I want to understand intuitively why it is that the gradient gives the direction of steepest ascent. (I will consider the case of $f:\mathbb{R}^2\to\mathbb{R}$)

The standard proof is to note that the directional derivative is $$D_vf=v\cdot \nabla f=|\nabla f|\,\cos\theta$$ which is maximized at $\theta=0$. This is a good verification, but it doesn't really help me understand the result.

  • $\begingroup$ math.stackexchange.com/a/176782/2900 $\endgroup$ – M.B. May 3 '14 at 19:30
  • $\begingroup$ @M.B. That's basically the proof of the directional derivative formula. $D\,f(x(t))=\nabla f(x(t))\cdot x'(t)$ at $t=0$ is $\nabla f(x,y)\cdot v$. $\endgroup$ – user142299 May 3 '14 at 19:36
  • $\begingroup$ Yes, sure. Then I guess you want this: math.stackexchange.com/questions/686538/… $\endgroup$ – M.B. May 3 '14 at 19:42
  • $\begingroup$ @M.B. That seems to presuppose that gradients are normal to level surfaces (why is that true intuitively?)... sorry for being stubborn :) $\endgroup$ – user142299 May 3 '14 at 20:03
  • $\begingroup$ This result is not very intuitive, is it? $\endgroup$ – cactus314 May 9 '14 at 22:05

Maybe the following helps to understand the intuition behind the object $\langle \nabla f,v\rangle$ occuring in the standard proof: $\nabla f(x)$ is the vector composed of the directional derivatives of $f$ in the directions of the $n$ standard basis vectors $e_1,\ldots e_n$. Now consider a unit vector $v$ in the 1-norm, i.e. $\sum |v_i|=1$. For simplicity let's think of the case $v_i\geq 0$.

Therefore $\langle \nabla f(x),v\rangle = \sum \frac{\partial f}{\partial x_i}(x) v_i$ is a convex combination of directional derivatives which is the directional derivative in the convex combination of the different directions. (Remember that derivatives are intuitivly linear approximations to the function) This is the equation $D_v f(x) = \langle \nabla f(x),v\rangle$. Thus: If we want to find the $v$ with maximal value of $D_v f(x)$ then we have to maximize $\langle \nabla f(x),v\rangle$.

Now the intuition behind $\langle u,v\rangle$ comes from thinking in terms of orthogonal projections: The scalar product equals the (signed) length of the projection of $u$ onto the line given by the direction $v$. This length can only be maximal if nothing is lost during the projection, i.e. if there is no orthogonal component. Therefore $u$ must be a multiple of $v$ and a positive multiple because we want a maximum.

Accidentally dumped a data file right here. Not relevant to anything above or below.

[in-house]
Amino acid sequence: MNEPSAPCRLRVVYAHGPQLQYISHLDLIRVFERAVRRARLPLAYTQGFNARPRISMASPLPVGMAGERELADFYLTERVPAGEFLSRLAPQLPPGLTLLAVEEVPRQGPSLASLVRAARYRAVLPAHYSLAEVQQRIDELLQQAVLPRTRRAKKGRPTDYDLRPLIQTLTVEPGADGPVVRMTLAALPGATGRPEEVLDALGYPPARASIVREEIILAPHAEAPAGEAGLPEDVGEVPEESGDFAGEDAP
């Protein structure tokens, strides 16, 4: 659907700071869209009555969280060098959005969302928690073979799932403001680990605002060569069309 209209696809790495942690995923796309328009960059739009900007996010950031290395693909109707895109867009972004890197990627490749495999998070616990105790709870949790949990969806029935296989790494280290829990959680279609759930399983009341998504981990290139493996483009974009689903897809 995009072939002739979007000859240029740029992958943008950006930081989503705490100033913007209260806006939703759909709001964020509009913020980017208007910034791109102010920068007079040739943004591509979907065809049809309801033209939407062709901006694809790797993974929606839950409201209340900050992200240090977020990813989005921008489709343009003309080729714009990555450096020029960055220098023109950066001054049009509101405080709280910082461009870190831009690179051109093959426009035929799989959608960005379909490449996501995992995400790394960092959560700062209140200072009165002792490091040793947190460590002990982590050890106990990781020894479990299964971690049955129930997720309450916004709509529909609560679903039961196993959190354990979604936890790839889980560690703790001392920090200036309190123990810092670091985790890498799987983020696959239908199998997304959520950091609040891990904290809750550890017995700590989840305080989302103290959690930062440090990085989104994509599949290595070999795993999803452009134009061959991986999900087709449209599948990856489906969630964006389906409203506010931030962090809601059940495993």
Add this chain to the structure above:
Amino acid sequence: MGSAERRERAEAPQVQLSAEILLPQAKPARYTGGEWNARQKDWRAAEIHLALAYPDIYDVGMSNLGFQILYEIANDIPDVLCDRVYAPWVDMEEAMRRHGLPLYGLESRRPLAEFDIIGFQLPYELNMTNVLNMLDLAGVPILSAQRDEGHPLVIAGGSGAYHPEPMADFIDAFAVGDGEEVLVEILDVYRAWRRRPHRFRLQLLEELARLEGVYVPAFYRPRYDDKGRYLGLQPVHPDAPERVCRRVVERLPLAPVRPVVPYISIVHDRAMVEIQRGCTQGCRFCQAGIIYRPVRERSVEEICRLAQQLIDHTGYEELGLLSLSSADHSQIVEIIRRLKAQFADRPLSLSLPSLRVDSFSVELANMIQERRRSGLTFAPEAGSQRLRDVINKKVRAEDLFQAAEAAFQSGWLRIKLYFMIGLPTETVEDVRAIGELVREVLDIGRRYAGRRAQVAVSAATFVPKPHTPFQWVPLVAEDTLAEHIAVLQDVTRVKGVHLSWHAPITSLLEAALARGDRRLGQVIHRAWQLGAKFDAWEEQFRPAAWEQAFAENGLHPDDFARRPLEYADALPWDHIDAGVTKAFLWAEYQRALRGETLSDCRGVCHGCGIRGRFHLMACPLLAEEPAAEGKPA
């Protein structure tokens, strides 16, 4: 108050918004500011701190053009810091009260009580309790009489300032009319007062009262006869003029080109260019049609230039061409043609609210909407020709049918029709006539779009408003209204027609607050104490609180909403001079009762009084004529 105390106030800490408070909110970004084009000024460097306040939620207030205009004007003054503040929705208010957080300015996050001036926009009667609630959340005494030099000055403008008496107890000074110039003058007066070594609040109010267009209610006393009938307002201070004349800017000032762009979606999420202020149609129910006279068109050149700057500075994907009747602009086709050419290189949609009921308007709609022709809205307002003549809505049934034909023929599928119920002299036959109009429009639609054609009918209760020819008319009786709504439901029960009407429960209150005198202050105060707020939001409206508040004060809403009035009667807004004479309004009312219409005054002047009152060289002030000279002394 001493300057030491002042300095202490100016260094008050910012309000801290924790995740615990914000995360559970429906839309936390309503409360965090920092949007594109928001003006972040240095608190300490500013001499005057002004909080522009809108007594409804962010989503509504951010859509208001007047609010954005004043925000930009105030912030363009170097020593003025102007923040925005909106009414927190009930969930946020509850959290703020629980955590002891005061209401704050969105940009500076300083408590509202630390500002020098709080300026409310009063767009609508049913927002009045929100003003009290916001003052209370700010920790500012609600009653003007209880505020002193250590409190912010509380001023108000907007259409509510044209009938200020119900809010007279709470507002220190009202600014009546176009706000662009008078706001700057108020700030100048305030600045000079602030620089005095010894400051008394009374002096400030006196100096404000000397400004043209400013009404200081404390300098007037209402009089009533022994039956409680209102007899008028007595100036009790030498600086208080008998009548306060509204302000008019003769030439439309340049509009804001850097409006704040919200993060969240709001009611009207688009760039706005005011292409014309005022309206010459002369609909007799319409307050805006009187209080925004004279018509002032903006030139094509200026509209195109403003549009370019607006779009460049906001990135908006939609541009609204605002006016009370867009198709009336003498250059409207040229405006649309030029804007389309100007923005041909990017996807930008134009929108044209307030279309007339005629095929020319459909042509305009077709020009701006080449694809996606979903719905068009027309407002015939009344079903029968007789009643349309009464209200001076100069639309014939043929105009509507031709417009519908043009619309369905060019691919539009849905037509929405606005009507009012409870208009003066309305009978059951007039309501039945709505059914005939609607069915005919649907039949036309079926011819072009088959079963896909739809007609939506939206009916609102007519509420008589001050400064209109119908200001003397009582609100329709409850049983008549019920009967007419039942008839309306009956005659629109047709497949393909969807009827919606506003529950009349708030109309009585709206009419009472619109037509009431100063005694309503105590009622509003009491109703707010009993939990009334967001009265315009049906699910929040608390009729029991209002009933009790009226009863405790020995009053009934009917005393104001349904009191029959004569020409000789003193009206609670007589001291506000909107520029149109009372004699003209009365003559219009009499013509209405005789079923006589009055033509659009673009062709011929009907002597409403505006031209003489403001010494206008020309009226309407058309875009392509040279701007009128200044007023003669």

Putting everything together: $D_vf(x)$ is maximal iff $v$ is the direction of $\nabla f(x)$.

  • $\begingroup$ "Therefore [sum] is a convex combination of directional derivatives which is the directional derivative in the convex combination of the different directions." I don't entirely understand this sentence. Why does it matter that they are convex? And the formula would only give the directional derivative of the vector $v$ if $v$ was an orthogonal combination of different directions, correct? I like this explanation though, I just want to make sure that I understand it correctly. Cheers! $\endgroup$ – user142299 May 10 '14 at 22:33
  • $\begingroup$ The "convex" just means that $v_i\geq 0$ and $\sum v_i=1$. Convex combinations are something very intuitive for me, that's why I put it in although it's not strictly necessary for the argument. And of course is $v$ a linear combination of orthogonal directions: $v=\sum v_i e_i$. $\endgroup$ – Johannes Hahn May 10 '14 at 22:37

$\newcommand{\R}{\mathbf{R}}$Let $U$ be an open set in $\R^{2}$ and $f:U \to \R$ a differentiable function. If $x_{0} \in U$, then by definition there exists a linear function $Df(x_{0}):\R^{2} \to \R$ such that $$ \lim_{x \to x_{0}} \frac{|f(x) - f(x_{0}) - Df(x_{0})(x - x_{0})|}{\|x - x_{0}\|} = 0. $$

If $e_{1}$ and $e_{2}$ denote the standard basis of $\R^{2}$, then the partial derivatives of $f$ at $x_{0}$ are defined to be the components of $Df(x_{0})$: $$ f_{1}(x_{0}) = Df(x_{0})(e_{1}),\qquad f_{2}(x_{0}) = Df(x_{0})(e_{2}). $$ That is, $[\begin{matrix} f_{1}(x_{0}) & f_{2}(x_{0})\end{matrix}]$ is the standard matrix of $Df(x_{0})$.

The gradient vector $\nabla f(x_{0})$ is defined to be the transpose, $$ \nabla f(x_{0}) = \left[\begin{matrix} f_{1}(x_{0}) \\ f_{2}(x_{0}) \end{matrix}\right]. $$

Rearranging the definition of the derivative gives the linear approximation formula $$ f(x) = f(x_{0}) + Df(x_{0})(x - x_{0}) + o\bigl(\|x - x_{0}\|\bigr). $$ Particularly, if $v = \left[\begin{matrix} v_{1} \\ v_{2} \end{matrix}\right]$ is an arbitrary vector, then \begin{align*} f(x_{0} + tv) &= f(x_{0}) + Df(x_{0})(tv) + o(t) \\ &= f(x_{0}) + t\, Df(x_{0})(v) + o(t) \\ &= f(x_{0}) + t\bigl(f_{1}(x_{0})v_{1} + f_{2}(x_{0})v_{2}\bigr) + o(t) \\ &= f(x_{0}) + t\, \nabla f(x_{0})\cdot v + o(t). \end{align*} (The first two equalities follow from linearity of $Df(x_{0})$; the third comes from multiplying matrices; the fourth is the formula for the dot product.)

Introducing the function $g_{v}(t) = f(x_{0} + tv)$, the preceding equation becomes $$ g_{v}'(0) = \nabla f(x_{0})\cdot v. $$ This derivative is the rate of change of $f$ at $x_{0}$ in the direction $v$.

If $\nabla f(x_{0}) \neq (0, 0)$, and if $v$ is a unit vector making angle $\theta$ with $\nabla f(x_{0})$, then $$ f(x_{0} + tv) = f(x_{0}) + t\|\nabla f(x_{0})\|\cos\theta + o(t). $$ That is, $g_{v}'(0) = \|\nabla f(x_{0})\|\cos\theta$.

It follows immediately that

  1. If $\theta = 0$, i.e., if $v = \dfrac{\nabla f(x_{0})}{\|\nabla f(x_{0})\|}$, then $g_{v}'(0)$ is maximized over all unit vectors.

  2. If $\theta = \pi$, i.e., if $v = -\dfrac{\nabla f(x_{0})}{\|\nabla f(x_{0})\|}$, then $g_{v}'(0)$ is minimized over all unit vectors.

  3. If $\theta = \pi/2$, i.e., if $v \cdot \nabla f(x_{0}) = 0$, then $g_{v}'(0) = 0$, signifying that $f$ is constant to first order at $x_{0}$ in the direction $v$, namely that $v$ is tangent to the level curve of $f$ through $x_{0}$.


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